Livingston was the main port before construction of nearby Puerto Barrios. It also is the entry port into the famous Rio Dulce River, a well-known hidey hole for the areas boating crowd. Another important distinction is its unusual mix of Garífuna, Afro-Caribbean, Maya and Ladino people creating quite a different culture, than mainstream Guatemala.
Livingston is indeed a strange mix and well worth a visit. You won’t find fancy resorts at least not to Western standards anyway. The majority of accommodation is very basic and less than clean, in fact count yourself lucky to find a place with a private room with hot water for under $30 a night. However if you are willing to travel a little further out of town there are some very nice places catering to Guatemalans looking to vacation on the coast. Venturing down the Rio Dulce opens up a wider range of options too including many Eco Lodges.
We arrived only slightly soggy following our 45min boat ride from Punta Gorda, Belize with Memo’s (some travel sites list only the Tuesday & Friday service between these two points, Memo’s runs daily trips, this time of year, at 1 PM to both Livingston & Puerto Barrios). Our research had also led us to believe that the ferries are met by very aggressive touts, especially for those without prior booked accommodations; we did not find that to be the case and were left in relative peace and quiet.
Immigration is required as your first port of call and it is easy enough to find, head straight up the one main road, it is on the left hand side and very well signposted. The arduous process was completed in seconds, and we found adequate accommodation’s 2 doors up at Rios Tropicales.
This is our second country on this trip and the first time to Guatemala, so we were interested to see how it compared to Belize, the similarities were quite obvious, English or a Creole version is widely spoken especially within the Garifuna population, the blend of skin tones and features was very reminiscent of the Cayo district in Belize. One of the biggest differences was the dress style of some of the local ladies, whose choice of full, long print skirts, combined with lacy, voluminous huipils. The huipils are delightfully dainty, feminine and cool, however the effect combined with the short, plump stature of many of these ladies leads to a rather striking resemblance to a bowling ball.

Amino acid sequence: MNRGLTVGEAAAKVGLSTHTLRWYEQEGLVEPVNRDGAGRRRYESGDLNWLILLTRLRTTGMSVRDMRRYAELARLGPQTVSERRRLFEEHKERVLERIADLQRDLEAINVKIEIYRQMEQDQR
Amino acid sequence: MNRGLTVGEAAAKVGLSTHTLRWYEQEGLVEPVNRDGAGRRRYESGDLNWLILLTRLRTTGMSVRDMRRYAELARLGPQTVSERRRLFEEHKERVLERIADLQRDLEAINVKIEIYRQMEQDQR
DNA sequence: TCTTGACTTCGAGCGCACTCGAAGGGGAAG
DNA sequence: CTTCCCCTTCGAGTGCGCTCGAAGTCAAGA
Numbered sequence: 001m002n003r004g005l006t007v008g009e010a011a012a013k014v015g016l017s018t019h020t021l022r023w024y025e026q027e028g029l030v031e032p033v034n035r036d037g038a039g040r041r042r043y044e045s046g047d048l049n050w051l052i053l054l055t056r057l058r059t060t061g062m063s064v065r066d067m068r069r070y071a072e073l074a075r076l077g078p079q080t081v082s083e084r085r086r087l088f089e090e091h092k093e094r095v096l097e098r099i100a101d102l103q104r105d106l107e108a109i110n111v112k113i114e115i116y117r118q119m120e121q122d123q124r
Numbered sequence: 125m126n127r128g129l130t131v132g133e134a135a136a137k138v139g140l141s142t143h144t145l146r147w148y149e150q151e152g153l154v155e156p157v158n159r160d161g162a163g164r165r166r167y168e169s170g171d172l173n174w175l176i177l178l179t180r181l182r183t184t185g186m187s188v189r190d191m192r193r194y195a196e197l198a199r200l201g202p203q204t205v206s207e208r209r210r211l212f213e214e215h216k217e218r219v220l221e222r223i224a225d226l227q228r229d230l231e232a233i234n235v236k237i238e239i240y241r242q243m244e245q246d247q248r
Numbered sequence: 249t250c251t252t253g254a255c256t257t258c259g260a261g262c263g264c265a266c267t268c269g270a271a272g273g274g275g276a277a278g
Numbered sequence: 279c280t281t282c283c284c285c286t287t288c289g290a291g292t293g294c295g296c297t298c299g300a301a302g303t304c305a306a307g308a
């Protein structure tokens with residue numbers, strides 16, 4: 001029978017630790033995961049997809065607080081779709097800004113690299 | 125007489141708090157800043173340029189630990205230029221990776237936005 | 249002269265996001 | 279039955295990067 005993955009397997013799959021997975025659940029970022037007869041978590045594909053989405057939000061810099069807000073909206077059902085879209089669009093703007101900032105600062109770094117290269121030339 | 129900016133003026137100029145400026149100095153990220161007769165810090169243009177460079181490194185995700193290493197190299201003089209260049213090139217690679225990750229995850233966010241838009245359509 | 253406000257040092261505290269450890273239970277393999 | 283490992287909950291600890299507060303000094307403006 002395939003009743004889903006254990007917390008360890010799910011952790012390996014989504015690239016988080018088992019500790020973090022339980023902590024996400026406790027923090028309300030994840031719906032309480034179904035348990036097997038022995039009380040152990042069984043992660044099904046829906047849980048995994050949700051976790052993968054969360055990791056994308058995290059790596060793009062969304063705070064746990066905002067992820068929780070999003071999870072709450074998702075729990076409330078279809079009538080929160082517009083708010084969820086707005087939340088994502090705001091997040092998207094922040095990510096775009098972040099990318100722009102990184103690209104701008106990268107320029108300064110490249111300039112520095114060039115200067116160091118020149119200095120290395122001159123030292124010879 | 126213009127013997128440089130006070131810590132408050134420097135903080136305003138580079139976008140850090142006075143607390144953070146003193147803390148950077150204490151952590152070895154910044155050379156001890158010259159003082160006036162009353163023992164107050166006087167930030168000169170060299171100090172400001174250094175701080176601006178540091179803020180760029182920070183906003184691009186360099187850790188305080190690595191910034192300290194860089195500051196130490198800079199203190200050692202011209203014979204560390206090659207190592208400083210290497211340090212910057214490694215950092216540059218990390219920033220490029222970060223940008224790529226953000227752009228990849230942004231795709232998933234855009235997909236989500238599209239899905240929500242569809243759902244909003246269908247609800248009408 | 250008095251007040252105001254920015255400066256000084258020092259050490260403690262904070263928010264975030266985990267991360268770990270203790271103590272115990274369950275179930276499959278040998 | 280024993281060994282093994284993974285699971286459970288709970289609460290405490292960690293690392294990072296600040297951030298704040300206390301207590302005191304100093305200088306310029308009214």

The second major difference was rather more olfactory, the source of the rather pungent aroma that assailed our nostrils was soon tracked down. One of the many docks was completely covered in salted fish drying in the sun. The source of all those fillets was two docks over. A school of Jack Trevally was under attack……. Not only from the flies that swarmed around the catch but the two very industrious men who were skillfully, splitting and gutting them. The guts and spines were quickly disposed of by the waiting flotilla of Pelicans, who were obviously not impressed at the speed at which the proceedings were going. Daring raids on to the dock to snatch a whole fish were repelled constantly by the gutters. The successful raiders now had a problem, watching a Pelican trying to swallow a whole, spiny fish which was so large and heavy it was impossible to toss it back, you soon realized that a Pelican with its large soft pouch is not the smartest bird in the world.
Several hours later the pile of fish were being hand packed into tubs of salt, from where they would spend their days drying in the sun. Salt fish is obviously a big business here, most mornings fishing boats trailing their own flotilla of Penguins and Gulls steam in to discharge their loads.
Tourism appears to be the other industry here, the main street would sprout piles of trinkets to tempt a few Quetzals out of the tourists pockets. Large plump starfish and carved conch shells seemed to be the most popular offering, marine conservation doesn’t seem to have caught on here yet. What was more impressive was the sheer volume of goods that were set out on display each day and then patiently packed up and removed every evening by these small ladies and their even smaller helpers.
The Garifuna influence here was most noticeable one evening, the rhythmic, toe tapping pulse lured us back out onto the street and into the nearby bar from which it emanated. We watched bewitched and amazed that so much wriggle can be put into one set of hips and buttocks, if you have ever watched Hawaiian dancers in action you have experienced the same sense of awe! “How the heck does she do it?” was the thought going through my brain. Not sure if that was the thought going through every male head in the bar though.
Sadly like many of the poorer countries of the world, the dog and cat population appears to exist despite utter neglect. The tiny mangy black pup gasping its last gasp just a few feet from a street vendor is a image that will stay with me for a long time. What we have noticed is that wherever there is a growth in foreigners or ex pats taking up residence, thank fully there is a marked decrease in the sight of those tragic little bodies.
More insights to follow as we take a guided tour through mud, fields, rivers and yes more mud to see the Seven Altars and explore the Rio Dulce